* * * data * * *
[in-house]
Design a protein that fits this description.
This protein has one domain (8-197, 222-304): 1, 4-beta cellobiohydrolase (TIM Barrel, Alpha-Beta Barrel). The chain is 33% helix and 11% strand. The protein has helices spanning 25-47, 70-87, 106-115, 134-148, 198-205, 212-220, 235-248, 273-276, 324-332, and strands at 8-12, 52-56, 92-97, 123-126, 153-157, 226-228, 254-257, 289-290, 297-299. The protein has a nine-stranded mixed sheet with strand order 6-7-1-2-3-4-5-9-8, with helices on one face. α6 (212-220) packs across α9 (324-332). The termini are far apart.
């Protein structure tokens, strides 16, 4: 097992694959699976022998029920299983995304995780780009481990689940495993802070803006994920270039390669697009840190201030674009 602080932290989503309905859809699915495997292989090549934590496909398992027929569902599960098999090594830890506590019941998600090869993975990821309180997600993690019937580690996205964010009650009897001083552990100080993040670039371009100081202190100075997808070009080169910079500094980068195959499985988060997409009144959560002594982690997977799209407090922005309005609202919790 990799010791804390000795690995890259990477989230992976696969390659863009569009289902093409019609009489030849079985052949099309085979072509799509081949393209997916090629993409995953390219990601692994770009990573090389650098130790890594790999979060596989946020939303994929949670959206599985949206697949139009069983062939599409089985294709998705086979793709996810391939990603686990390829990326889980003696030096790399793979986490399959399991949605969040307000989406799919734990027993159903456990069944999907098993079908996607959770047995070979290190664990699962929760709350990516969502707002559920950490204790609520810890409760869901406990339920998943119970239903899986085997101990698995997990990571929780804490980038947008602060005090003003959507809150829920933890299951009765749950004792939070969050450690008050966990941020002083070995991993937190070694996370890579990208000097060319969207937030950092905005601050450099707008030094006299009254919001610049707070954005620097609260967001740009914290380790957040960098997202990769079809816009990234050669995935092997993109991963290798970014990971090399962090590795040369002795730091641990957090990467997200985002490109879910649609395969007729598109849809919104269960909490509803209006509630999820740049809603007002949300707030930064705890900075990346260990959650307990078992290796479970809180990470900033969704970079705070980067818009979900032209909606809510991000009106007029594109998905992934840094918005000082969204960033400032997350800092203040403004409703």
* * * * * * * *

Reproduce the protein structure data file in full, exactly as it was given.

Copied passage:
[in-house]
Design a protein that fits this description.
This protein has one domain (8-197, 222-304): 1, 4-beta cellobiohydrolase (TIM Barrel, Alpha-Beta Barrel). The chain is 33% helix and 11% strand. The protein has helices spanning 25-47, 70-87, 106-115, 134-148, 198-205, 212-220, 235-248, 273-276, 324-332, and strands at 8-12, 52-56, 92-97, 123-126, 153-157, 226-228, 254-257, 289-290, 297-299. The protein has a nine-stranded mixed sheet with strand order 6-7-1-2-3-4-5-9-8, with helices on one face. α6 (212-220) packs across α9 (324-332). The termini are far apart.
């Protein structure tokens, strides 16, 4: 097992694959699976022998029920299983995304995780780009481990689940495993802070803006994920270039390669697009840190201030674009 602080932290989503309905859809699915495997292989090549934590496909398992027929569902599960098999090594830890506590019941998600090869993975990821309180997600993690019937580690996205964010009650009897001083552990100080993040670039371009100081202190100075997808070009080169910079500094980068195959499985988060997409009144959560002594982690997977799209407090922005309005609202919790 990799010791804390000795690995890259990477989230992976696969390659863009569009289902093409019609009489030849079985052949099309085979072509799509081949393209997916090629993409995953390219990601692994770009990573090389650098130790890594790999979060596989946020939303994929949670959206599985949206697949139009069983062939599409089985294709998705086979793709996810391939990603686990390829990326889980003696030096790399793979986490399959399991949605969040307000989406799919734990027993159903456990069944999907098993079908996607959770047995070979290190664990699962929760709350990516969502707002559920950490204790609520810890409760869901406990339920998943119970239903899986085997101990698995997990990571929780804490980038947008602060005090003003959507809150829920933890299951009765749950004792939070969050450690008050966990941020002083070995991993937190070694996370890579990208000097060319969207937030950092905005601050450099707008030094006299009254919001610049707070954005620097609260967001740009914290380790957040960098997202990769079809816009990234050669995935092997993109991963290798970014990971090399962090590795040369002795730091641990957090990467997200985002490109879910649609395969007729598109849809919104269960909490509803209006509630999820740049809603007002949300707030930064705890900075990346260990959650307990078992290796479970809180990470900033969704970079705070980067818009979900032209909606809510991000009106007029594109998905992934840094918005000082969204960033400032997350800092203040403004409703």